But there is no sign that Mercy Corps has overextended itself. The organization seems poised for steady growth with its solid corporate partnerships, high marks from ratings agencies and the opening of its global headquarters this month. Keny-Guyer says Mercy Corps has the edge in what he calls “Web-based storytelling” — using Web and social media to explain aid efforts to donors using videos, pictures and blog posts from the field.
Catastrophic change is routine for Mercy Corps, which adapted smoothly to its new size and scope. Revenue fluctuates wildly due to world events, so much that the agency calculates two budgets: a core budget that includes unrestricted private donations that don’t vary much, and a restricted budget of donations made to programs. (In 2007, when there were no major disasters, revenue was $26 million; it jumped to $49 million in 2008 after the Chinese earthquake.) Keny-Guyer says Mercy Corps’ greatest long-term challenge is climate change, which causes migration, conflicts over resources and freak natural disasters.
Mercy Corps’ greatest short-term challenge is another disaster, the recession. Lehman Brothers collapsed a month before the grand opening of the first Mercy Corps Action Center, an open lobby designed to educate high school students in Manhattan about Mercy Corps’ efforts, and patrons abruptly pulled or reduced their pledges. Other donors didn’t cut back as much as Keny-Guyer expected, but the agency had to cut costs everywhere but field operations. Travel and consultants were reduced, almost all the executives took voluntary salary freezes, and 22 employees were laid off in January.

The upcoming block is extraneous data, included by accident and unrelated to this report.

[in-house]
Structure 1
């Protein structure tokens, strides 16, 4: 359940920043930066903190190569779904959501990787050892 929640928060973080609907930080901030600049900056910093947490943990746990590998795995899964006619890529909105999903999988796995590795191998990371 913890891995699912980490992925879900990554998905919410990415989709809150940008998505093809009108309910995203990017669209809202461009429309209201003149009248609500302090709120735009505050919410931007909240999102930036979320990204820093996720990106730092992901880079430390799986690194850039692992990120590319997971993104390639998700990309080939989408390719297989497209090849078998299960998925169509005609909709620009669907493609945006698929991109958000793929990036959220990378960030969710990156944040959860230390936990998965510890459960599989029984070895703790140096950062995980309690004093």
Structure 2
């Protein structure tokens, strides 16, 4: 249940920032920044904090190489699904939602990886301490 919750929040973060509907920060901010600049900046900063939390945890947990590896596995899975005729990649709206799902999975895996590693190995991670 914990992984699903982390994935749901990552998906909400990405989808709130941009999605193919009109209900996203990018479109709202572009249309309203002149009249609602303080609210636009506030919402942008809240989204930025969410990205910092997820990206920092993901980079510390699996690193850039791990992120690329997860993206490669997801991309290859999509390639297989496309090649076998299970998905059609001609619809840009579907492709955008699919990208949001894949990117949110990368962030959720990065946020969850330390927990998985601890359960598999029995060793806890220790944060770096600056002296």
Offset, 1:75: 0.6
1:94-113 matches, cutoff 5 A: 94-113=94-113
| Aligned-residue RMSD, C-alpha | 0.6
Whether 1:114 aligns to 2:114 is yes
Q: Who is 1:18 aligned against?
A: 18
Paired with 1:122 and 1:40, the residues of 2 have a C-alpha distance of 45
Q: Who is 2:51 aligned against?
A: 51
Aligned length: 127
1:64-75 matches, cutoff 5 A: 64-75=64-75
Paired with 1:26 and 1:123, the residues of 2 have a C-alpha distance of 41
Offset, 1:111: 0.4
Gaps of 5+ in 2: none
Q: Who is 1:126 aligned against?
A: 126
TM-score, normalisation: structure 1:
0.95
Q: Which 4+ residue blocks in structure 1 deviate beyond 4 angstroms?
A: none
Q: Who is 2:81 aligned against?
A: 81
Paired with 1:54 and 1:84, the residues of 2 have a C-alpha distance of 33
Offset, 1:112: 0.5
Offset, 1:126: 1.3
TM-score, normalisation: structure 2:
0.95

The ability to mobilize and demobilize efficiently is one of the arts of international aid, Keny-Guyer says. Mercy Corps’ disaster training seems to have translated to its business strategy. The same flexibility and levelheadedness it uses in emergencies has kept the young organization on its feet and moving forward.
Saturday, December 13, 2014
Seven tidbits of information from an agency partner and co-founder of Waggener Edstrom in Lake Oswego.
Thursday, December 11, 2014
There’s a fascinating article in the December issue of the Harvard Business Review about a profound power shift taking place in business and society. It’s a long read, but the gist revolves around the tension between “old power” and “new power” as a driver of transformation. Here’s an excerpt:
The authors, Henry Timms and Jeremy Heimans, don’t necessarily favor one form of power over another but merely outline how power is transitioning, and how companies can take advantage of these changes to strengthen their positions in the marketplace.
Our Powerbook issue might be viewed as a case study in the new-power transition. This annual book of lists provides information on leading businesses, nonprofits and universities in the state. Most of the featured companies are entrenched power players now pursuing more flexible and less hierarchical approaches to doing business. Law firms, for example, are adopting new technologies and fee structures to make legal services more accessible and affordable.